• Keyword performance (are you using keywords that your ideal buyer would use?)
  • Content that should be updated with current information
  • Any content you should remove because it’s no longer accurate or applicable
  • Content gap opportunities
  • Your most popular content (you can use this as a template for future content)

To audit your content efficiently, follow these tips:

  • Crawl all indexable URLs
  • Gather all metrics—if you are already using a central hub then you should have dashboards configured that focus on metrics that matter
  • Identify trends and insights from your dashboard
  • Create a report that summarizes findings, provides recommendations, and details next steps

With a content audit, you’ll have the answers you need to questions concerning what type and format of content your audience responds to best. With these answers, it makes it easy to plan content.

Step 4: Generate content ideas

Developing content ideas can be a huge frustration. It’s difficult to keep coming up with original ideas that your audience will find interesting. There are many different content ideation exercises you can use to create a constant stream of topics.

Outside of these exercises, here are a few other quick tips:

  • Constantly monitor industry news and write timely content around shifts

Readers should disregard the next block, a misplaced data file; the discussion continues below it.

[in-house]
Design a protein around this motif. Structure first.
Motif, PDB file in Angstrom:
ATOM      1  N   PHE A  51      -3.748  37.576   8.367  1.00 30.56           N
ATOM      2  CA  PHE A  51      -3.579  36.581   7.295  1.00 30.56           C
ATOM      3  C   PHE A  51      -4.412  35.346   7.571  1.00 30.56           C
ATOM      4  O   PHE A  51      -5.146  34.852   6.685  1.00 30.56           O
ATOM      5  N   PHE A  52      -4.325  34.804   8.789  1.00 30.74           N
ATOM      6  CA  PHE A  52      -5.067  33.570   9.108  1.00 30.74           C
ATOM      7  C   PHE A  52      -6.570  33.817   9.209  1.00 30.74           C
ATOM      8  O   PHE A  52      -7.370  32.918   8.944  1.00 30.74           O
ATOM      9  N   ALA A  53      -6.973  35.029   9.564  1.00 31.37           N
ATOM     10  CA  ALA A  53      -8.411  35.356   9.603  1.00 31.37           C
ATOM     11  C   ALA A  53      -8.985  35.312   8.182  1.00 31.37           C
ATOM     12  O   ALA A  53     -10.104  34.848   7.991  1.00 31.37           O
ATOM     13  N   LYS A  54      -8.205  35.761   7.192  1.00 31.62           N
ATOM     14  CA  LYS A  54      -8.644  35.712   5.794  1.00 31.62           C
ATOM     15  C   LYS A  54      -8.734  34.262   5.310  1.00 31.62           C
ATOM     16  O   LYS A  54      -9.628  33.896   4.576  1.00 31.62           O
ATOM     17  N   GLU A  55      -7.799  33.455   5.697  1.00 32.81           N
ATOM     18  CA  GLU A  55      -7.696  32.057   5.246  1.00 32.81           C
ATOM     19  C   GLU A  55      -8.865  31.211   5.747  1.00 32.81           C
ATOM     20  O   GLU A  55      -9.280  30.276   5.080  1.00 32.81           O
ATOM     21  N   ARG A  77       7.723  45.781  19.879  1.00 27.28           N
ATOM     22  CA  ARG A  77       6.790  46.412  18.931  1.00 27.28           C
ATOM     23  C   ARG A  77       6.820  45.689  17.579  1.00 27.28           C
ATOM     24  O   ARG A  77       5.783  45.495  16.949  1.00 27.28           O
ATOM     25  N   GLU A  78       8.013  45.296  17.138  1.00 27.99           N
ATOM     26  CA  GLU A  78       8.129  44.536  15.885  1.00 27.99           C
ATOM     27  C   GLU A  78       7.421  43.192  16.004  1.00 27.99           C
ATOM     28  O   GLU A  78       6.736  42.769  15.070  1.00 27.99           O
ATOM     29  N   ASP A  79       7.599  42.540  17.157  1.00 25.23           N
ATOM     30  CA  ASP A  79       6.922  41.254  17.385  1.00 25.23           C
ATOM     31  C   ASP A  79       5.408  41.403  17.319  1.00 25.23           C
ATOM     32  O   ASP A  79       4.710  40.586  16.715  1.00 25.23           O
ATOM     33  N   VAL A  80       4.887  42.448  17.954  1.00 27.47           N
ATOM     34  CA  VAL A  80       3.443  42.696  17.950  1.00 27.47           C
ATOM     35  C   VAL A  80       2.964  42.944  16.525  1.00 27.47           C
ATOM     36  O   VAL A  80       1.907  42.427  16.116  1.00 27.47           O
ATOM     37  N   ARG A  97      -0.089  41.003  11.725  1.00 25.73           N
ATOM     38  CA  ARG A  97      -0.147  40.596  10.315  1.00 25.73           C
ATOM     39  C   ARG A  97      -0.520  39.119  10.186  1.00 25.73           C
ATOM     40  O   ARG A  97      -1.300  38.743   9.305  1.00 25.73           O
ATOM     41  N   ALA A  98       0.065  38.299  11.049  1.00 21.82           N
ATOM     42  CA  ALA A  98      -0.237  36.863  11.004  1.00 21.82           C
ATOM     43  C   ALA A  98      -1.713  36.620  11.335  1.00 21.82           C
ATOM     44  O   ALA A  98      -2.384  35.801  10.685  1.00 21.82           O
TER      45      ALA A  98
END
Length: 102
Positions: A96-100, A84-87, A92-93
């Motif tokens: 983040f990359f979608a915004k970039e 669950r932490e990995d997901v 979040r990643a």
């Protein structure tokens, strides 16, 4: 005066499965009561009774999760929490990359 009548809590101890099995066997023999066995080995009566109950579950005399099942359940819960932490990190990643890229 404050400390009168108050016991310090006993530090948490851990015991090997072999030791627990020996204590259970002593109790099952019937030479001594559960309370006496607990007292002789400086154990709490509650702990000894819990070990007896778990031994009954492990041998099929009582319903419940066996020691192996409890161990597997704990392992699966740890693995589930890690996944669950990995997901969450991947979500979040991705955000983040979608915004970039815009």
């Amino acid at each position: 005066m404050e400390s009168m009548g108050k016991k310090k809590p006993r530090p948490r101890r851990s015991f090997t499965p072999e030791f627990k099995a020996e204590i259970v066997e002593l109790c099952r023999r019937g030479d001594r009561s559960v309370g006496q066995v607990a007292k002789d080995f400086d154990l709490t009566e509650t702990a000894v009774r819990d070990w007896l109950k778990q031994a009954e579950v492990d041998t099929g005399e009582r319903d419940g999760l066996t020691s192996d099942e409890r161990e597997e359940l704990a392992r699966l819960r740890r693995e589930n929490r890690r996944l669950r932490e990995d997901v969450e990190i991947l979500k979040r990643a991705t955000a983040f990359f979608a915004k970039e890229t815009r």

• Consistently update your keywords and when new ones emerge, create content around them
  • Ask other parties: get sales, customer service, product managers, and the C-suite involved in feeding you ideas based on their interactions with buyers
  • Set up Google alerts for certain terms to see what’s trending
  • See what people are curious about around your industry with Q&A sites like Quora

Step 5: identify what type of content to create

Now that you have your audience defined and topics gathered, you need to document what type of format to create. There are a host of different formats from long-form content to visual content like infographics to more interactive content.

Go back to your data and pinpoint what formats your audience found most compelling. Also, think back to your goals and the formats that will help you hit these. For example, if you expect content to help build your email subscription list, then you need to blog consistently. If you are seeking to generate leads with content downloads, then you’ll want to create eBooks and whitepapers.

Also, consider how you can repurpose content. Do you have a series of blogs on the same topic? Consolidate them into an eBook. Or maybe, you have a popular “how-to” post that could easily be made into an explainer video.

Step 6: Create a content calendar

content calendar is your central hub that includes every content project and its status. Now that you have identified topics, channels, and formats, it’s time to break it down in your calendar, documenting all the tasks required to complete the piece of content and distribute it.

Ensure you use a content calendar that’s part of your content marketing platform. Many companies use standard spreadsheets, but they aren’t as effective as a content calendar that’s dynamic and has automation capabilities.

Now you’re ready to put your business plan for content into motion! Should you need help with managing or scaling your new content operation, a content marketing software platform like DivvyHQ can help. See how it works today.